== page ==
Cattle Shipments and Disease Spread Modeling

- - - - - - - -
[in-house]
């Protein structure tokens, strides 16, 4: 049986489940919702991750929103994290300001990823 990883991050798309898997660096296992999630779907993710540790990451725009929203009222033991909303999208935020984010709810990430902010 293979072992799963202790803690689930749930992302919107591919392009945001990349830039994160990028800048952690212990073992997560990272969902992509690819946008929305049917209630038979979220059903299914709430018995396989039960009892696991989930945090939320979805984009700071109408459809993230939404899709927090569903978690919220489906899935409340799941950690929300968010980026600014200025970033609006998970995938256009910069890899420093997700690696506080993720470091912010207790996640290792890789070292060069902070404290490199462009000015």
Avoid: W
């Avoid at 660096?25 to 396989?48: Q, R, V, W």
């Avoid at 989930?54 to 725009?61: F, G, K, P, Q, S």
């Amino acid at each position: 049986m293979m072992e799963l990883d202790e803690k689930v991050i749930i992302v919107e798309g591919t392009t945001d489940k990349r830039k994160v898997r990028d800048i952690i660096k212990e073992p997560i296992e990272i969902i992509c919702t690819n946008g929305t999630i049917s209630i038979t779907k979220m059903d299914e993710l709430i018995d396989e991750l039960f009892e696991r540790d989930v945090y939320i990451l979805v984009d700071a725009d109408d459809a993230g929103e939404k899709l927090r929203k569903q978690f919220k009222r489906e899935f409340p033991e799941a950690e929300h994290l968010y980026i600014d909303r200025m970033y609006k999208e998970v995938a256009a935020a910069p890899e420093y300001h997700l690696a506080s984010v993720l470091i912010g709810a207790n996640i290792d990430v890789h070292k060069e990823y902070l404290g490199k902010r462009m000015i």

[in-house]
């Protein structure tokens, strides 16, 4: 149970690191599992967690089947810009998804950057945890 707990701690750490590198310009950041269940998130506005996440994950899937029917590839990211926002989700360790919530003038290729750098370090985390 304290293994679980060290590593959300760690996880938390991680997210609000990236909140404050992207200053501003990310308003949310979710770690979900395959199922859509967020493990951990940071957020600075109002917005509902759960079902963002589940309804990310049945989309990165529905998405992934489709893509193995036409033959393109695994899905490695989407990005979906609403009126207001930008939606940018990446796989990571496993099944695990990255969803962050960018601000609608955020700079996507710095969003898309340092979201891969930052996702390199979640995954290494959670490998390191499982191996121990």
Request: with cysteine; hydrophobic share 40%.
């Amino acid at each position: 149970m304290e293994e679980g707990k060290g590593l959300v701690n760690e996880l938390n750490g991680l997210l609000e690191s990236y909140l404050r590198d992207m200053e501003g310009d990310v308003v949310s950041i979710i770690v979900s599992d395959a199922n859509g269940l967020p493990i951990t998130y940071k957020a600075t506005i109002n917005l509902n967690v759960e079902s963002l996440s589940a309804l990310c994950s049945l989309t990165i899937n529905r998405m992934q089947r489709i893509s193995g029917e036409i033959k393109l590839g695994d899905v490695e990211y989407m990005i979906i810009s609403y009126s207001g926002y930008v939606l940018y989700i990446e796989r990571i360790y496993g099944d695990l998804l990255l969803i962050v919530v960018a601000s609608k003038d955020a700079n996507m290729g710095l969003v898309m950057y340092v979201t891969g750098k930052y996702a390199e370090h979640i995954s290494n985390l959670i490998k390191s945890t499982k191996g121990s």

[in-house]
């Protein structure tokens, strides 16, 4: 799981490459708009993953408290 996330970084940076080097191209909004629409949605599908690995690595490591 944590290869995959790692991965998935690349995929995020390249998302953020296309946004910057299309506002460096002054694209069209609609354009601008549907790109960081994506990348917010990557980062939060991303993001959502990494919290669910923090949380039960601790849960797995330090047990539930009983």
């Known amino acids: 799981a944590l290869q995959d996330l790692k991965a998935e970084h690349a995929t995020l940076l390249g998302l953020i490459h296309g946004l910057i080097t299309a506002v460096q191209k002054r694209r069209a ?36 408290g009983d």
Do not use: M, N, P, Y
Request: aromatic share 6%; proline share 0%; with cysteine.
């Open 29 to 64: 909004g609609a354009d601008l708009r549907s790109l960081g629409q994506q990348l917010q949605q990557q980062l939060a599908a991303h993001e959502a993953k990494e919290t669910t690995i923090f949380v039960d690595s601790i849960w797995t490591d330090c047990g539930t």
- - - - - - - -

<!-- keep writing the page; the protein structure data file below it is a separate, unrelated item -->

Sammanfattning: Spread of transboundary animal diseases can have large impact on animal welfare, public health and economy. The effects of this include economic losses in terms of lower milk production, lower weight gain and culling due to welfare concerns. Disease preparedness is therefore important to be prepared for a possible outbreak, and policies need to be in place in order to take appropriate actions in case of an outbreak. It is also important to be able to take preventive actions to lessen the risk and size of an outbreak. For this, mathematical models are useful to describe the effects of an outbreak and to facilitate informed policy decisions.Mathematical models of spread of animal diseases, implicitly or explicitly, model the route of infection. One route of particular concern is the shipment of livestock animals since animal shipments have the possibility to move infected animals over long distances and introduce disease in previously unaffected areas. It is therefore important to have underlying data to use as input to models in order to consider possible future scenarios. Such data may however be sparse and not readily available. Based on observed (and sometimes incomplete) data, the underlying process that determines the probabilities of livestock shipments’ origins and destinations can be modeled. By using Bayesian statistics and Markov Chain Monte Carlo methods, it is possible to obtain distributions of the underlying parameters in the model, which in turn allow posterior predictive sets of shipments to be generated. These can further be used in a disease simulation to analyze the course of a potential outbreak. Given a large number of scenarios of interest and substantial stochastic effects, implementation of such models requires fast algorithms to facilitate execution of a sufficient number of replicated simulations, which may be infeasible under naive methods. The topics of this thesis are models of live cattle shipment, the problems of lack of shipment data and the computational challenges of modeling and simulating spread of infectious animal diseases.In Paper I, the spatio-temporal variations in distance dependence of cattle shipments in Sweden were studied by using real shipment data, Bayesian statistics and Markov Chain Monte Carlo methods. The main results were that the spatial as well as the temporal aspect are important when modeling networks of cattle shipments in Sweden. The spatial variations distance dependence were analyzed at county, land (Norrland, Svealand and Götaland) and national level (i.e. no spatial variation). Similarly, the temporal aspect were investigated at three levels of granularity, using monthly-, quarterly- and annual variations (i.e no temporal variation). The level of granularity at which the spatio-temporal variations in distance dependence was captured better, in terms of Deviance Information Criterion, was identified at the county and quarter level. This results shows that such variations should be acknowledged when modeling networks of cattle shipments in Sweden.Paper II considered cattle shipments in the U.S. It addressed the problem of intrastate shipments being absent in available data and included responses from a survey taken by experts to estimate the proportion of shipments moving intrastate. The results showed that data from experts had minor effects on the estimations of proportion of intrastate shipments, mainly because of disparate estimates provided by the experts. This paper also investigated three types of functional forms of the distance dependence, and it was shown that the type used in Paper I, was the least preferred of the three. The preferred functional form had a plateau-shape at short distances as well as a fat tail, describing high probability of long-distance shipments.Paper III addressed the computational challenges of simulating spread of livestock diseases. In Paper III, infections were modeled to spread locally from farm to farm without modeling§ each pathway individually (this may include pathways such as airborne spread, wildlife etc.). To avoid evaluating infection probability of all pairs of infected and susceptible premises, spread of disease was simulated by partitioning the landscape into grids and thereby letting farms belong to a specific cell in this grid. An algorithm was introduced that make use of overestimations of the probability of infection to discard entire cells from further consideration as they are considered as uninfected in the current time frame. Despite introducing estimations of probabilities, the algorithm does not introduce estimations to the spread of disease, and does not compromise the integrity of the simulation. This algorithm was compared to the naive algorithm of evaluating the farms pairwise as well as to two other published algorithms developed for increased computational efficiency. It was shown that the algorithm presented in Paper III was as fast as or faster than other considered methods.Paper IV expanded the methods of Paper II and used the methodology from Paper III to simulate spread of disease via cattle shipments and via local spread across the U.S. In Paper IV, additional data at state- and county level were included that aimed at capturing shipment patterns related to the infrastructure of the production system not captured by the distance dependence. The model also considered three types of premises: farm, feedlot and market. This approach allows for different parameters across premises types, acknowledging their different roles in the production system. The result showed that these types of data were important to include when modeling the system and increased model performance in terms of WAIC, suggesting that industry structure should be accounted for when modeling cattle shipments. The spread of disease simulation included control scenarios such as culling of specific premises and also included a SEIR-model to model the infection status of each premises, referred to as partial transition. The results showed that while the inclusion of partial transition slowed the outbreak, the spatial pattern of the outbreak did not change.This thesis provides insights to what factors are important when predicting animal shipments networks for usage in spread of disease simulations and how these factors can be modeled. It also stresses the importance of efficient algorithms when using simulations and presents an algorithm suited for simulating spread of disease between farms where pathways of the pathogen are not modeled explicitly. How to accurately estimate the spread of disease via shipments and how to simulate a large number of outbreak scenarios within reasonable time are two major challenges a modeler faces when trying to predict the impact of a potential outbreak.